As the country begins to reopen, we'll keep publishing news to help you navigate the state of travel today (like whether travel insurance covers the coronavirus), as well as stories about places for you to put on your bucket list once it's safe to start going more far-flung.
Whether you’re still reeling from Marc Peruzzi’s attack on trail runners or just fired up to prove that you do, in fact, love volunteer trail work, we thought we’d make it even easier to donate your time to an upcoming work day by compiling a number of ways to give back to some favorite recreation spots. It doesn’t matter how you enjoy the trails, we all need to get out there and get our hands dirty.
Tahoe Rim Trail
Lake Tahoe, California and Nevada
The Tahoe Rim Trail Association—formed in 1981 to construct, maintain, and improve the 165-mile trail that circumnavigates the lake—hosts dozens of volunteer days from June through October. You can cook for a work camp, serve on a crew yourself (they’ll teach you everything you need to know), or train to become a group leader. Make a day of it while visiting the Tahoe area, or join a multi-day project or an overnight backpacking trip.
Colorado Public Lands
Across the state
Volunteers for Outdoor Colorado, a nonprofit organization, hosts statewide programs to protect and manage its vast scenic spaces. It also organizes daylong outings and multi-day stewardship adventures, which include trail restoration in picturesque places like Guanella Pass or Mount Elbert, Colorado’s highest peak. If you want to take your whole family on a trail-building work day, this could be your best bet: the group leads nontechnical volunteer days at low altitudes for kids as young as six.
Pacific Crest Trail
Across Washington, Oregon, and California
The Pacific Crest Trail Association is so serious about its trail days that it even hosts a Trail Skills College, taught by local experts up and down the western corridor. You’ll learn things like saw training and tread reconstruction, as well as how to use and care for all the necessary tools. Classes are free, and afterward you can sign up for a volunteer day or join a regional group near you.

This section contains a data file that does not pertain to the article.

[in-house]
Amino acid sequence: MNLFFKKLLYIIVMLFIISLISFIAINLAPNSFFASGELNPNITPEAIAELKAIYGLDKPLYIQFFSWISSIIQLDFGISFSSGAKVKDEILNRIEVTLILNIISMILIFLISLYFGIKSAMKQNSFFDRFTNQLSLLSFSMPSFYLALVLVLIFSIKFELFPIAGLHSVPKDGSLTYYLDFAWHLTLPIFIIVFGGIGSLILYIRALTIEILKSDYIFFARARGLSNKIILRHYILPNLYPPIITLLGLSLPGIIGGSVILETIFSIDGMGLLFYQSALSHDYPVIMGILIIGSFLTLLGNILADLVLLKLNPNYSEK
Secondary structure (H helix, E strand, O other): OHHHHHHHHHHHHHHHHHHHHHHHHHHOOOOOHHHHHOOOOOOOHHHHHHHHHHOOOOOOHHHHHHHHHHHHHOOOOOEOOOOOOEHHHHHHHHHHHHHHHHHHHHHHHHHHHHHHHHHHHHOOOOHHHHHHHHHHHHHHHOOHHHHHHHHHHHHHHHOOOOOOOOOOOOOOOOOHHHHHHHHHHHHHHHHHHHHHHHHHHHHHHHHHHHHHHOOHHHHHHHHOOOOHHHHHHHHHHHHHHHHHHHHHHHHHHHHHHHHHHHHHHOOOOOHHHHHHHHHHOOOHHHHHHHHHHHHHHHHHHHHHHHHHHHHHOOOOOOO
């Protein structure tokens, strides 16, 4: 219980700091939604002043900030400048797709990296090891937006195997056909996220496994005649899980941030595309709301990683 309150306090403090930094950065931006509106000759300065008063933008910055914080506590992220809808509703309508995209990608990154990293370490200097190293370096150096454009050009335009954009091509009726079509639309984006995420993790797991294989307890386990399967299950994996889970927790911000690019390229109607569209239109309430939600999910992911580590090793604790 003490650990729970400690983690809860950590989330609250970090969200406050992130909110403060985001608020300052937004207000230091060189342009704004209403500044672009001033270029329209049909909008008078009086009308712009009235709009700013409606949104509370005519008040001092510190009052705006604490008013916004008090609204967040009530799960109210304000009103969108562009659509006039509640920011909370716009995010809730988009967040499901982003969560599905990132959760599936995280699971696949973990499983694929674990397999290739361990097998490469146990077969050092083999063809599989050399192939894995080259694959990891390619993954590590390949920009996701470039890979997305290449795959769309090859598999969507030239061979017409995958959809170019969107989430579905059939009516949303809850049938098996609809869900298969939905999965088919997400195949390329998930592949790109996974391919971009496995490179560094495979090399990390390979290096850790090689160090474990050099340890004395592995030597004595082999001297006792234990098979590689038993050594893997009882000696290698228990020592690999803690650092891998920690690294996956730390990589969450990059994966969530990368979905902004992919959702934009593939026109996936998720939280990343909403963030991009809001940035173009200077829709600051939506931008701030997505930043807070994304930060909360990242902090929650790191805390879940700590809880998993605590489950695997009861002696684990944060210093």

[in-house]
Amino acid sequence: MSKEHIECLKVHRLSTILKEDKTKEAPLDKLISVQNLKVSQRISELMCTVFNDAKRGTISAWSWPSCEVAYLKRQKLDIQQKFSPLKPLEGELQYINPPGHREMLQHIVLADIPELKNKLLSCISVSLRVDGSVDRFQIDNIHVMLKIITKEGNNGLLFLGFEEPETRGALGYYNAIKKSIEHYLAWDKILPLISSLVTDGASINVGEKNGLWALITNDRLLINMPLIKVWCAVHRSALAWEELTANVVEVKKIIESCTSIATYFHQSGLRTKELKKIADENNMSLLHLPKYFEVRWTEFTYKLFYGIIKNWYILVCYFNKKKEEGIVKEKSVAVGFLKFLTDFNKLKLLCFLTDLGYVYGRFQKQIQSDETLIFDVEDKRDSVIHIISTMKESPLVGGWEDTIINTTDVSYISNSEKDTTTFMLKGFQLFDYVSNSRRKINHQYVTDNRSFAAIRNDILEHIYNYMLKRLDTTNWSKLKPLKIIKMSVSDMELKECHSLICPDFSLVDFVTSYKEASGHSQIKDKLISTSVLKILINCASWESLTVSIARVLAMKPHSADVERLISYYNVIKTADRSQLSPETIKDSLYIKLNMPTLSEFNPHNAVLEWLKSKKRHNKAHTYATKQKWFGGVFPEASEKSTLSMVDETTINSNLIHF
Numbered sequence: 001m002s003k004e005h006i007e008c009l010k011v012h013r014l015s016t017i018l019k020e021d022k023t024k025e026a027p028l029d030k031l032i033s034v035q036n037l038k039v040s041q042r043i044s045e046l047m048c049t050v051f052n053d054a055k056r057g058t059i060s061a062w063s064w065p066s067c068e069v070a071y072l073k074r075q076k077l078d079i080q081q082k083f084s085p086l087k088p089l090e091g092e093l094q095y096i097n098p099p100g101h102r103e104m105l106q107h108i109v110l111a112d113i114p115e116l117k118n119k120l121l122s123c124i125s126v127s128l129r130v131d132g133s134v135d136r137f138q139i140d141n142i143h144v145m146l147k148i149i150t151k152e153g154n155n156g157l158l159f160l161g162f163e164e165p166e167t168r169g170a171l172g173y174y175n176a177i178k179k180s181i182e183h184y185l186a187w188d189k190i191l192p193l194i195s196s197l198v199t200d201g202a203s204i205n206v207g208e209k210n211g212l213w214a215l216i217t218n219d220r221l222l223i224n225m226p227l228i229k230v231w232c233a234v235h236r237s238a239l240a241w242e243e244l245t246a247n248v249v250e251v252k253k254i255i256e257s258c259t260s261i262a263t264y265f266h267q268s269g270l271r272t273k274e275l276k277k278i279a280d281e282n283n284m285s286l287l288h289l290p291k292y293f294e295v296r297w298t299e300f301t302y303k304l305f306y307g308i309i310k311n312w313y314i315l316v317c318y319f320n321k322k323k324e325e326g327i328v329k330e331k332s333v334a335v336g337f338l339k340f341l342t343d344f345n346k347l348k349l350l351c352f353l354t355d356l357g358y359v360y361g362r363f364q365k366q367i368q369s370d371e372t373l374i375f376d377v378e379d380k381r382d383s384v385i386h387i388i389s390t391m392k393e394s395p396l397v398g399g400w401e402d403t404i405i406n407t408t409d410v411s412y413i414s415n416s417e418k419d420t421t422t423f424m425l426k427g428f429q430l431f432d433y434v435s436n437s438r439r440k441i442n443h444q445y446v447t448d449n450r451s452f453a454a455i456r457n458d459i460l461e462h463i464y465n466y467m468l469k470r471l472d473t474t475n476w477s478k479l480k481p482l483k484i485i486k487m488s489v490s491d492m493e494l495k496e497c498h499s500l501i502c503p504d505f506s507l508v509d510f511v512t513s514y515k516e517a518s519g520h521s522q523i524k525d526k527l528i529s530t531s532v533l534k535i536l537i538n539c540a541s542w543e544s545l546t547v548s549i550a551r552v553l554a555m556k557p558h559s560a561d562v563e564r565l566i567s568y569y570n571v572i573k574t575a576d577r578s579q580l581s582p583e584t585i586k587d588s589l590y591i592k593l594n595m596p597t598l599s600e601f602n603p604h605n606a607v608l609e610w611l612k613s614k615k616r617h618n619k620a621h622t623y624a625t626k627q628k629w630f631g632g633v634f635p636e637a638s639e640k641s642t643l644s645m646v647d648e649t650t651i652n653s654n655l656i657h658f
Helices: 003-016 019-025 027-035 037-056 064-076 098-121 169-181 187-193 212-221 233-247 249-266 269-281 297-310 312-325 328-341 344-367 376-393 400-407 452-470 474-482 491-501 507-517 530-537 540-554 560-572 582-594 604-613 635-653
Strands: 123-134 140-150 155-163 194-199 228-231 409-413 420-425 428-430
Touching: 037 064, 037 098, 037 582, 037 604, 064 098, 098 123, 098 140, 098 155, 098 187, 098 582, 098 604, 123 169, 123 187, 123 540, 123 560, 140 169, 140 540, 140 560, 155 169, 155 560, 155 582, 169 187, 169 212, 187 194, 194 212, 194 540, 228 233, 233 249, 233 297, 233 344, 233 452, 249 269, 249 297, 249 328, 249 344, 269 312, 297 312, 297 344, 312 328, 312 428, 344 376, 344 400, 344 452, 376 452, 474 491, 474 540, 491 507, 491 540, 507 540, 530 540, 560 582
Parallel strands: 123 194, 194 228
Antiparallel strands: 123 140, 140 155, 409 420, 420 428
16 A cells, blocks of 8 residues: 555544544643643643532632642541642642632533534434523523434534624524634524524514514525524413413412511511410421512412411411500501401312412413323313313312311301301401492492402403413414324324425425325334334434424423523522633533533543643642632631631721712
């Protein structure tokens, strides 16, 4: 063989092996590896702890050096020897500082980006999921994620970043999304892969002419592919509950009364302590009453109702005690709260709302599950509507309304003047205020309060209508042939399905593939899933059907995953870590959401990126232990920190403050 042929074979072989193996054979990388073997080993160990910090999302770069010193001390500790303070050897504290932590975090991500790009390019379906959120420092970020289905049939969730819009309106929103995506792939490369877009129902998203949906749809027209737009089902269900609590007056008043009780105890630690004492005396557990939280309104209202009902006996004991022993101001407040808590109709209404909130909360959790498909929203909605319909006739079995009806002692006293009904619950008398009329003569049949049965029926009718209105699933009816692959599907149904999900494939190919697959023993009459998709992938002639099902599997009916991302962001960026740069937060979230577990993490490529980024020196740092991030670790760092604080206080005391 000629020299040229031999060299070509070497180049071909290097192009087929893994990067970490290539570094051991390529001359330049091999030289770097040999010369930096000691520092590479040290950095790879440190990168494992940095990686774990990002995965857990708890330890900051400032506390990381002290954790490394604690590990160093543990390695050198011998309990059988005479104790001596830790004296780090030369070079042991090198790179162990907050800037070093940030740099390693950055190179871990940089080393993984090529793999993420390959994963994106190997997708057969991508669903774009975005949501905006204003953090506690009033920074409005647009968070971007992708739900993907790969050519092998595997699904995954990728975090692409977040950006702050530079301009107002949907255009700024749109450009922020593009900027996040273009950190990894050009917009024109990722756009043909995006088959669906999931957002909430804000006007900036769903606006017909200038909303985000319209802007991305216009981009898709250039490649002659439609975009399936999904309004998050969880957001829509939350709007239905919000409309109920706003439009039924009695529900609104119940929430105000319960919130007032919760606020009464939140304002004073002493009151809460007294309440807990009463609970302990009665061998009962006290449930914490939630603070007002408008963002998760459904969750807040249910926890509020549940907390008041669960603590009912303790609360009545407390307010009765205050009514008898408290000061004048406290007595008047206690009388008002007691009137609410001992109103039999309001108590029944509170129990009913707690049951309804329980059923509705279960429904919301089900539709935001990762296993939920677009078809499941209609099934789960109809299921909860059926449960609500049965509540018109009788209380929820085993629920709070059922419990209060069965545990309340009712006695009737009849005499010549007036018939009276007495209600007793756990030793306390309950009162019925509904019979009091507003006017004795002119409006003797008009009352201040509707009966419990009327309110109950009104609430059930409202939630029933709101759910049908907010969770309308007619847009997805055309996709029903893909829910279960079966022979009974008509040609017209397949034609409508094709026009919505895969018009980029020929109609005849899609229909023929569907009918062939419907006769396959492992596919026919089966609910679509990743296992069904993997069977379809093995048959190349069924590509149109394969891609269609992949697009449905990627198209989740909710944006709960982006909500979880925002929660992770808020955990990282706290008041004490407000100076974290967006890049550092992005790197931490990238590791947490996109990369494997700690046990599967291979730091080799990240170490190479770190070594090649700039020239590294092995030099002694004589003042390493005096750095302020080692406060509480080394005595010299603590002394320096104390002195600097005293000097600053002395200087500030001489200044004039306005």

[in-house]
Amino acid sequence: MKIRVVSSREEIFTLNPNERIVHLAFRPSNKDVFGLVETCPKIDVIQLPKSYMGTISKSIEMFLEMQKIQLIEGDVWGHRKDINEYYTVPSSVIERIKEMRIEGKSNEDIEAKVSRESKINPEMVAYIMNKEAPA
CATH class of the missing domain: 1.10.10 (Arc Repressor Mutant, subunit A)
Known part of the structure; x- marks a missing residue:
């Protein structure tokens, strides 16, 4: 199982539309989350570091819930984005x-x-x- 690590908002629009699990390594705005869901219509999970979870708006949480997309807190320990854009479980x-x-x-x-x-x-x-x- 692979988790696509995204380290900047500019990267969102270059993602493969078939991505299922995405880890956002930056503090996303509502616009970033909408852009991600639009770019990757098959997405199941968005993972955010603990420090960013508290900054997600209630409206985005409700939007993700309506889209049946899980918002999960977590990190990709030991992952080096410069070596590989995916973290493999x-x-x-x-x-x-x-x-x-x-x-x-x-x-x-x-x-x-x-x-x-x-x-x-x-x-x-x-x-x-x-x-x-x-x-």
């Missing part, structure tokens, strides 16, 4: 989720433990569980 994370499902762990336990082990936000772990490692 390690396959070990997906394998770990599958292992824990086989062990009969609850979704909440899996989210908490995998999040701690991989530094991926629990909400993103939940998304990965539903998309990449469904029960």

Across the state
Spaning 1,300 miles from the panhandle to Big Cypress National Preserve, the Florida Trail relies on volunteers for maintainence. Join a work party with local chapters throughout the route, and they’ll provide the hard hat, gloves, brush cutters, Pulaskis, and instruction on trail clearing and restoration, plus camp-cooked meals to keep you fueled.
Across the state
This 800-mile trail traverses the desert and mountains from Mexico to Utah. The Arizona Trail Association’s Trail Skills Institute offers a crash course in multiple locations. Sign up for year-round volunteer opportunities and you’ll do things like help build 13 miles of new singletrack near Flagstaff or improve your lumberjack skills by removing downed trees blocking the path north of the Grand Canyon.
Want to volunteer but don’t want to build or restore trails? The Green Mountain Club—which constructs and maintains the state’s 272-mile Long Trail, plus its 160 miles of side paths—has opportunities like staffing the Barnes Camp Visitor Center in Stowe. You can also drive a shuttle, adopt a shelter, or pack mulch into backcountry campsites. If you do want to get more hands-on, it also offers crew trips, ranging from one to six weeks, where an experienced staff member will teach you the basics of trail building.
Up and down the East Coast
To maintain the 2,192 miles of the historic Appalachian Trail, which crosses 14 states from Georgia to Maine, the Appalachian Trail Conservancy and local management partners rely on thousands of stewards and volunteers to keep it in good condition. Join those efforts by tagging along with one of 31 volunteer clubs associated with the AT. You can do things like backpack in with a trail crew in Smoky Mountain National Park, monitor rare animal species in the Berkshires, or cut overgrown vegetation on a day hike with North Carolina’s Nantahala Hiking Club.
Maine to Washington, D.C.
The Appalachian Mountain Club hosts a thing called volunteer vacations. Spend a few days doing trail work, with ample free time to explore on your own, in places like Maine’s Acadia National Park and the AMC-run Cardigan Lodge in New Hampshire. You don’t need experience: your crew leader will provide a safety seminar and instruction on techniques on how to use the various tools. If you don’t want to dedicate multiple days, you can also find less time-intensive AMC volunteer projects closer to home.